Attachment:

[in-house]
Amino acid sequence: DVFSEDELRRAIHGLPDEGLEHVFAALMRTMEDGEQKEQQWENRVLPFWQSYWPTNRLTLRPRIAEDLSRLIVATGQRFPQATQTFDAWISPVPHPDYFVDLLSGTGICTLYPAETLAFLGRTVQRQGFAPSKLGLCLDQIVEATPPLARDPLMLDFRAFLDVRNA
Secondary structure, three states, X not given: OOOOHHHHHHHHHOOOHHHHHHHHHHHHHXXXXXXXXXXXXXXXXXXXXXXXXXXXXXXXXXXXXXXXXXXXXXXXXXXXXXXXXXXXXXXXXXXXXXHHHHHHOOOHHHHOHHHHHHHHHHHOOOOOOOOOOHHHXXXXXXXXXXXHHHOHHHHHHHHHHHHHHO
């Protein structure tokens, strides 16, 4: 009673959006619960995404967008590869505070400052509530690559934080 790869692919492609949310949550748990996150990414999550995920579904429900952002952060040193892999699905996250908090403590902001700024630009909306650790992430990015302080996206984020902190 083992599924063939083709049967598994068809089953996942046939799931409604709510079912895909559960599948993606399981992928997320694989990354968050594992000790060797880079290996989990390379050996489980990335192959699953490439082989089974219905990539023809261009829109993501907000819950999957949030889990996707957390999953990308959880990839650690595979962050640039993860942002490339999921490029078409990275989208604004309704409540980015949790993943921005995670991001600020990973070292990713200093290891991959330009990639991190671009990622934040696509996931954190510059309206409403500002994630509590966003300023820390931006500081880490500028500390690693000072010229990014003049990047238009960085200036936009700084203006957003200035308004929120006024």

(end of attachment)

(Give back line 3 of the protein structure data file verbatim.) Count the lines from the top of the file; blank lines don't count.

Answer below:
Secondary structure, three states, X not given: OOOOHHHHHHHHHOOOHHHHHHHHHHHHHXXXXXXXXXXXXXXXXXXXXXXXXXXXXXXXXXXXXXXXXXXXXXXXXXXXXXXXXXXXXXXXXXXXXXHHHHHHOOOHHHHOHHHHHHHHHHHOOOOOOOOOOHHHXXXXXXXXXXXHHHOHHHHHHHHHHHHHHO